|Single by The Beatles|
|A-side||"Strawberry Fields Forever"|
|Released||13 February 1967 (US)
17 February 1967 (UK)
|Recorded||29 December 1966 –
17 January 1967
|Genre||Rock, Baroque pop|
|The Beatles singles chronology|
"Penny Lane" is a song by The Beatles, written by Paul McCartney and credited to Lennon/McCartney. Recorded during the Sgt. Pepper sessions, "Penny Lane" was released in February 1967 as one side of a double A-sided single, along with "Strawberry Fields Forever". The song was later included on the Magical Mystery Tour LP (1967). The single was the result of the record company wanting a new release after several months of no new Beatles releases. In 2004, Rolling Stone ranked the song at #449 on its list of the 500 Greatest Songs of All Time.
The song's title is derived from the name of a street in the band's hometown, Liverpool. The area that surrounds its junction with Smithdown Road is also commonly called Penny Lane. Locally the term "Penny Lane" was the name given to Allerton Road and Smithdown Road and its busy shopping area. Penny Lane is named after James Penny, an 18th century slave trader. McCartney and Lennon grew up in the area and they would meet at Penny Lane junction in the Mossley Hill area to catch a bus into the centre of the city. The street is an important landmark, sought out by most Beatles fans touring Liverpool. In the past, street signs saying "Penny Lane" were constant targets of tourist theft and had to be continually replaced. Eventually, city officials gave up and simply began painting the street name on the sides of buildings. This practice was stopped in 2007 and more theft-resistant "Penny Lane" street signs have since been installed though some are still stolen. The Abbey Road sign is also frequently stolen for the same reason.
Beatles producer George Martin has stated he believes the pairing of "Penny Lane" with "Strawberry Fields Forever" resulted in probably the greatest single ever released by the group. Both songs were later released on the US Magical Mystery Tour album in November 1967. In the UK, the pairing famously failed to reach #1 in the singles charts, stalling one place below Engelbert Humperdinck's "Release Me". In the US The song reached #1 on the Billboard Hot 100 for a week before being knocked off by The Turtles song "Happy Together". The song features contrasting verse-chorus form and was credited "Lennon/McCartney", although McCartney was the main contributor to the song.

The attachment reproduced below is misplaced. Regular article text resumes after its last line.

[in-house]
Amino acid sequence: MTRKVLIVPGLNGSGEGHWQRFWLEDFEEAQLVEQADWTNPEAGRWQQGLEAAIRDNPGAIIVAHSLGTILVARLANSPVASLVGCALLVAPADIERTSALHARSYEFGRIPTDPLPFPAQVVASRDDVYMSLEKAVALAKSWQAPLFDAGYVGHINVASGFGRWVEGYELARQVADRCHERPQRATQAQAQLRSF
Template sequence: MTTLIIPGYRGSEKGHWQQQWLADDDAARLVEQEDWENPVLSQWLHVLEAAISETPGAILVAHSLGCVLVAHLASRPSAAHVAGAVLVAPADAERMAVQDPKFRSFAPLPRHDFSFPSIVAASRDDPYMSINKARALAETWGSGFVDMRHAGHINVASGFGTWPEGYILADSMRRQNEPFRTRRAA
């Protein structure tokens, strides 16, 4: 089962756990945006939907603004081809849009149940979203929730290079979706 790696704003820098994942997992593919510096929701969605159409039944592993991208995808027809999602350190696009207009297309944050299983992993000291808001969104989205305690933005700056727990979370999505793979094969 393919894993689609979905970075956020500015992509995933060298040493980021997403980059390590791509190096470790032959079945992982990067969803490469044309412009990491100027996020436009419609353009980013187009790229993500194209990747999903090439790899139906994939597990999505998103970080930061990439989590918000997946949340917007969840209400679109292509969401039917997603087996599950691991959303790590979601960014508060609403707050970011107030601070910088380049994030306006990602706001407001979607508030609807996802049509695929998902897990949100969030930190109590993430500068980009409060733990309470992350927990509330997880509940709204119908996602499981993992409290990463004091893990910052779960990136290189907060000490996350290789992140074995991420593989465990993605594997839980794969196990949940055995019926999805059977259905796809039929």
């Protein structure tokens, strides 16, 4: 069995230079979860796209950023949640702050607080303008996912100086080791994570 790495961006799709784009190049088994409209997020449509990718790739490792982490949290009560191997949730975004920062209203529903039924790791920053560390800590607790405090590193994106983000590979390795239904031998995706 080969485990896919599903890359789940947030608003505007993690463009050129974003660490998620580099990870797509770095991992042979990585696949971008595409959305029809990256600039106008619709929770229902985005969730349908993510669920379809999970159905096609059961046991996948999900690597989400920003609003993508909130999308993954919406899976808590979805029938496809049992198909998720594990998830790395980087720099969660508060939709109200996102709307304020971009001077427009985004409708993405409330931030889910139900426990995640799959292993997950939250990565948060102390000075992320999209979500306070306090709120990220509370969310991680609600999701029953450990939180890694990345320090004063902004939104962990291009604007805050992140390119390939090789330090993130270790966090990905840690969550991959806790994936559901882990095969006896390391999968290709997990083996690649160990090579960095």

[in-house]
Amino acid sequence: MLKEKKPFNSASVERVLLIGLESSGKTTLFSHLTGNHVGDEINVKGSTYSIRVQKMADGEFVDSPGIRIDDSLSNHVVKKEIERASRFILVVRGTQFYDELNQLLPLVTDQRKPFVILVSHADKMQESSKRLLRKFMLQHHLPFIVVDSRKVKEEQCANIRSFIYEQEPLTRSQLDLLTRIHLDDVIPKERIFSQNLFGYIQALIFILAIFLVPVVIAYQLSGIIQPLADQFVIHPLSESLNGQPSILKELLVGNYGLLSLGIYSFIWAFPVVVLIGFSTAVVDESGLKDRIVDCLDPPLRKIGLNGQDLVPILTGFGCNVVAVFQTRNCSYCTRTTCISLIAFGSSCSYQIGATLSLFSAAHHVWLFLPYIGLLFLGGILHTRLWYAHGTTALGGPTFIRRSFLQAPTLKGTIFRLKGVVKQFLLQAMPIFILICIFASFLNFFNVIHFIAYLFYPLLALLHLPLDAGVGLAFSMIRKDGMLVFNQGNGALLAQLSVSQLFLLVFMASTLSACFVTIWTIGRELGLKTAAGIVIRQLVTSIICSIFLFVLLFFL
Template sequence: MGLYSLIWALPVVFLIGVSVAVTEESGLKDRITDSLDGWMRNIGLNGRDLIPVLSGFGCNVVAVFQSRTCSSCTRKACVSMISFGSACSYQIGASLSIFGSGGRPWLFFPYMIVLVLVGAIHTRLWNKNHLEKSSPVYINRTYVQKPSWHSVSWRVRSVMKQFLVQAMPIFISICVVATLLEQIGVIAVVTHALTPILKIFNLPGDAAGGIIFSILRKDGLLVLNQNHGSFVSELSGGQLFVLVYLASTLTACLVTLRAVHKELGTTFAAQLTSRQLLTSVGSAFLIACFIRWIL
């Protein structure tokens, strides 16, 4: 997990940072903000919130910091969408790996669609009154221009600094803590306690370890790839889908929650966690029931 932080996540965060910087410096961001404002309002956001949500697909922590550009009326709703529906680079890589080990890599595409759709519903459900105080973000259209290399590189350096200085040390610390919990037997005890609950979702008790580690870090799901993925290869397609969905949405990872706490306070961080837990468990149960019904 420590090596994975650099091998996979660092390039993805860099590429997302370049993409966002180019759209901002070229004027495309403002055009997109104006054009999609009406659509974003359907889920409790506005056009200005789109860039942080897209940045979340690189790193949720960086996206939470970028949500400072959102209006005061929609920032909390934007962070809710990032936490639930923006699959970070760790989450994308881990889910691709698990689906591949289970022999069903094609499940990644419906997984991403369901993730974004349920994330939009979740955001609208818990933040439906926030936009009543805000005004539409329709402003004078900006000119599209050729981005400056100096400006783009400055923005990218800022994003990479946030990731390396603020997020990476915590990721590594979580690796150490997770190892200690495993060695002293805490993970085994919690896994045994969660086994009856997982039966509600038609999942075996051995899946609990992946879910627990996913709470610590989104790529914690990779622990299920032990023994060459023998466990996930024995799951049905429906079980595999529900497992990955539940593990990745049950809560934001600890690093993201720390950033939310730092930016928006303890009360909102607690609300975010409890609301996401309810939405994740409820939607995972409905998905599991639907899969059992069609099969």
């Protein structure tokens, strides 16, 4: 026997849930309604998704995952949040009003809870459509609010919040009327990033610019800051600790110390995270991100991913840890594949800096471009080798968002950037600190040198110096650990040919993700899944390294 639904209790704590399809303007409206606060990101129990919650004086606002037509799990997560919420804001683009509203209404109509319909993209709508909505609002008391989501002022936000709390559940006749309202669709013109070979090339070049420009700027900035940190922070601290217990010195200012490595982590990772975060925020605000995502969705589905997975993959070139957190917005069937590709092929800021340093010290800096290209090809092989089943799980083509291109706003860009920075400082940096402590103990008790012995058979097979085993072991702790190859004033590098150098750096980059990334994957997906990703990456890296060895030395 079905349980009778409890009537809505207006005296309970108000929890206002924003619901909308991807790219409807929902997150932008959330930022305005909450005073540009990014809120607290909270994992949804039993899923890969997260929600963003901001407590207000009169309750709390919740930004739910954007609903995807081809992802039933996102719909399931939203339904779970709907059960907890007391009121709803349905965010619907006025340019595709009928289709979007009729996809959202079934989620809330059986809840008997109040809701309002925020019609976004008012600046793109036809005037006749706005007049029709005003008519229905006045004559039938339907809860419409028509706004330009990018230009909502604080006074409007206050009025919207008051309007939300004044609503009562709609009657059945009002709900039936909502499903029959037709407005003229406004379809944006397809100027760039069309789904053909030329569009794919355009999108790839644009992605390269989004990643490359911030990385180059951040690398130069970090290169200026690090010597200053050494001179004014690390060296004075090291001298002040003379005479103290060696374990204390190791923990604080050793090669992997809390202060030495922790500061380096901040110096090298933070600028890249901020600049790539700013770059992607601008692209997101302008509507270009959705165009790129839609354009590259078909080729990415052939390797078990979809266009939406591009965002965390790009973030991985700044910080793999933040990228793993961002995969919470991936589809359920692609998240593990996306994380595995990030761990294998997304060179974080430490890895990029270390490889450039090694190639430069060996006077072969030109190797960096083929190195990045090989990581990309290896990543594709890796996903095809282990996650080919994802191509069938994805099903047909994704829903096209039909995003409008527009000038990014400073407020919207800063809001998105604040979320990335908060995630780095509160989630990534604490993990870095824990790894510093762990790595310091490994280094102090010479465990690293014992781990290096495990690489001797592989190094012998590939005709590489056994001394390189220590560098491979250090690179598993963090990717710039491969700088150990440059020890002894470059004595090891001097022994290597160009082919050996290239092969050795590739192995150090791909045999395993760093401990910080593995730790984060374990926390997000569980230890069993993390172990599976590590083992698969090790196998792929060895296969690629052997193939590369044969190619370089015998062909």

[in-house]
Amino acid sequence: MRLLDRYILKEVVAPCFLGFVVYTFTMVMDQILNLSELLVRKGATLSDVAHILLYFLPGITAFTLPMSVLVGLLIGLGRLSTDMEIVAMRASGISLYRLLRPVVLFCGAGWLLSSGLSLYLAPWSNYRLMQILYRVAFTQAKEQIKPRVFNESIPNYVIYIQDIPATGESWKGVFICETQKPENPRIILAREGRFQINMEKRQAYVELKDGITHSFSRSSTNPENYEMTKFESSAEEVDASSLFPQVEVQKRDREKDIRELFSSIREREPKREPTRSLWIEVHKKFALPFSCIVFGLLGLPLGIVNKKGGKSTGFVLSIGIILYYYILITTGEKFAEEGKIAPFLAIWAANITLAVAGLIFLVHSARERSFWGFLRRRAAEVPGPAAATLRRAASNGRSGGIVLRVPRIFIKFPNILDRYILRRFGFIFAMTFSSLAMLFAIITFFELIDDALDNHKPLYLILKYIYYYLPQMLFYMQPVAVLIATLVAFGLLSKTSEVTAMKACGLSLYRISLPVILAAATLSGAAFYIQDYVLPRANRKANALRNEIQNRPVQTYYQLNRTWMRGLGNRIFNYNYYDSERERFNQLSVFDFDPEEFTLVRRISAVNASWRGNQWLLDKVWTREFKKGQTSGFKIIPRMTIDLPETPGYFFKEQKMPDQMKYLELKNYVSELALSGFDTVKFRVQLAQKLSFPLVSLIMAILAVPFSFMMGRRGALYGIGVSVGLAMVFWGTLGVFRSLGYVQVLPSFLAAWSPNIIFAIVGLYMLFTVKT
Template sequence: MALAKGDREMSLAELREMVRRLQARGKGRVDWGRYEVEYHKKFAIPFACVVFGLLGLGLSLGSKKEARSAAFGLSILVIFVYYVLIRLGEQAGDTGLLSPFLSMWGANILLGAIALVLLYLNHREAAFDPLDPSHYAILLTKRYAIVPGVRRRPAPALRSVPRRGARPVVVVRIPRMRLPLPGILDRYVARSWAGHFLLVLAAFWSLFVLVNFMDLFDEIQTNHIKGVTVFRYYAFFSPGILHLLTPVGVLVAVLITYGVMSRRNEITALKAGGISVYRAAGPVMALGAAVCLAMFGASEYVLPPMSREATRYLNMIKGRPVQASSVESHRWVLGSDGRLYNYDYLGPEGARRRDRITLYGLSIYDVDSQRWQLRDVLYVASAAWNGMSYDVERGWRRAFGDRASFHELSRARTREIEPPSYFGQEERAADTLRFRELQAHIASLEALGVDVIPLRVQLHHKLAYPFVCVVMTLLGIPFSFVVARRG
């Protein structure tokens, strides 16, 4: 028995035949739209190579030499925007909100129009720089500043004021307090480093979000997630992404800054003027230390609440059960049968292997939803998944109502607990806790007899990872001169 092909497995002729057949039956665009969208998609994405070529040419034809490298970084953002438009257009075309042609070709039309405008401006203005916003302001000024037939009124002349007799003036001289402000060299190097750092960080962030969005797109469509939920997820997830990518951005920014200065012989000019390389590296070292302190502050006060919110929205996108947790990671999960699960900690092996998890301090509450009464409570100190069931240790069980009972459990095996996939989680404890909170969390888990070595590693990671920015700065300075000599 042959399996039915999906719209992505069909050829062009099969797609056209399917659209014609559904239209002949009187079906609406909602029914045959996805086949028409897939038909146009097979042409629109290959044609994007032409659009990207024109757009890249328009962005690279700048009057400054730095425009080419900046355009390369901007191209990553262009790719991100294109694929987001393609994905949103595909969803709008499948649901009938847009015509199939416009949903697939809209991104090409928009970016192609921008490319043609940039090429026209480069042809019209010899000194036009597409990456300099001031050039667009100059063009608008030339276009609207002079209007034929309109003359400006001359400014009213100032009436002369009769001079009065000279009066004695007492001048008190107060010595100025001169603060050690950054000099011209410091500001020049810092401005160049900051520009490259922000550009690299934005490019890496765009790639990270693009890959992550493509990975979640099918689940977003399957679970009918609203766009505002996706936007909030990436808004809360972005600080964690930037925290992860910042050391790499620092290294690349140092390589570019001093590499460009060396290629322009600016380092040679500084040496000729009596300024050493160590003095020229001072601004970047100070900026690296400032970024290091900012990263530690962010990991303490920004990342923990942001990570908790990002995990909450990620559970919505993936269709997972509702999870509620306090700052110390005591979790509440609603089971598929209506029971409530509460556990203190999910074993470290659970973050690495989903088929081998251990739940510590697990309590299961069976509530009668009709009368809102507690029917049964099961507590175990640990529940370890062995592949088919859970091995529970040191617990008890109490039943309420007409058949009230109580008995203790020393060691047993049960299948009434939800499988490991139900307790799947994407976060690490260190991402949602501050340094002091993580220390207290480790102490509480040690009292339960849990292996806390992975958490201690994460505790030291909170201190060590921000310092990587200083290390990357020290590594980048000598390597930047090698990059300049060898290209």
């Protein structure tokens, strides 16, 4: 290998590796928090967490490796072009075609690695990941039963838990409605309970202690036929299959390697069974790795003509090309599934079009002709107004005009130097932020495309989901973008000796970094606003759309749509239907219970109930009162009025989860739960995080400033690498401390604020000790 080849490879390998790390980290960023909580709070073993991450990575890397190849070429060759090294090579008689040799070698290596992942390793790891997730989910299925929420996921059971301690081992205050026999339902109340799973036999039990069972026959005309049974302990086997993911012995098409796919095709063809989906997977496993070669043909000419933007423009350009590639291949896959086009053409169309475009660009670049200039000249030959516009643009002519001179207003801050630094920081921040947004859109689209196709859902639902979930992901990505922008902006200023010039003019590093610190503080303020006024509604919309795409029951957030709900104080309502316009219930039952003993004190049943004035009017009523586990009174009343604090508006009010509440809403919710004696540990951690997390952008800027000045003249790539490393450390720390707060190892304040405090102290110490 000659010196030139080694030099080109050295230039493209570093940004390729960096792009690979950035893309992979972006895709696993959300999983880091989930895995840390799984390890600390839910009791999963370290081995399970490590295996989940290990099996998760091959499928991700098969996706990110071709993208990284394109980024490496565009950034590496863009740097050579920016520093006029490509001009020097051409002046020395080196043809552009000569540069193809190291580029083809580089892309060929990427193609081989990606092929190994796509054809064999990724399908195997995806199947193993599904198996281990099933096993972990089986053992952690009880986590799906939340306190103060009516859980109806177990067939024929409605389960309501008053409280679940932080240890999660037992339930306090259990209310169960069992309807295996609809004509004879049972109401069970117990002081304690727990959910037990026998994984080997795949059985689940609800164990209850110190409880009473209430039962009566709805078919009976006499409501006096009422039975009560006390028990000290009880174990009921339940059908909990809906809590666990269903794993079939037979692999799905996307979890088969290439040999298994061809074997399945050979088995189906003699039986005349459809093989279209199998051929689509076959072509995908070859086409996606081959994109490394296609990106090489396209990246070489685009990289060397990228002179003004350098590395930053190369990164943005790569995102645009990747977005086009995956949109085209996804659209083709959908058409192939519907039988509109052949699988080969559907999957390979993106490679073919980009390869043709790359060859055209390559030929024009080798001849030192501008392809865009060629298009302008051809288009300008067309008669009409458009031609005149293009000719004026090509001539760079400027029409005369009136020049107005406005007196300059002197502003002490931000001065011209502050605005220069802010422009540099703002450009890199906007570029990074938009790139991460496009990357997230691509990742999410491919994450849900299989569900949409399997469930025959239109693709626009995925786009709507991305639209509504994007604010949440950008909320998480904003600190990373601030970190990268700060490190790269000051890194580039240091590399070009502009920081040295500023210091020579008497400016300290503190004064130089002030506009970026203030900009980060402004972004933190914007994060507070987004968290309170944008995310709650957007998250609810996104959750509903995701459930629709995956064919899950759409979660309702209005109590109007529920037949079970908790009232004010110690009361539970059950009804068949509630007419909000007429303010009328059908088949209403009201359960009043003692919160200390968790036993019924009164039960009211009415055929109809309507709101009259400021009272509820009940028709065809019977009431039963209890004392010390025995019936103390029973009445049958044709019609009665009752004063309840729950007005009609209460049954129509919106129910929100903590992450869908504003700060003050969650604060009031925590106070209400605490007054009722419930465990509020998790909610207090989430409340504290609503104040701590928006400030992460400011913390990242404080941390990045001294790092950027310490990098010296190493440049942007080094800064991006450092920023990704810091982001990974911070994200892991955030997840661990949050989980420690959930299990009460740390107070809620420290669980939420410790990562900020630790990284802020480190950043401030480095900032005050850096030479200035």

Following the success of the double A-side "Yellow Submarine"/"Eleanor Rigby", Brian Epstein inquired if they had any new material available. Both songs, though recorded during the sessions for Sgt. Pepper's Lonely Hearts Club Band, were left off the album, a decision Martin regretted, although the Beatles usually did not include songs released as singles on their British albums. This was also the first single by the Beatles to be sold with a picture sleeve in the UK, a practice rarely used there at that time, but common in the US and various other countries (such as Japan).
Production began in Studio 2 at Abbey Road on 29 December 1966 with piano as the main instrument. On 17 January 1967, trumpet player David Mason recorded the piccolo trumpet solo. The solo, inspired by a performance of Bach's 2nd Brandenburg Concerto, is in a mock-Baroque style for which the piccolo trumpet (a small instrument built about one octave higher than the standard instrument) is particularly suited, having a clean and clear sound which penetrates well through thicker midrange textures. Mason was paid 27 pounds and 10 shillings for his performance on the recording. Penny Lane production effects include percussion effects, piano through a Vox guitar amplifier with added reverb.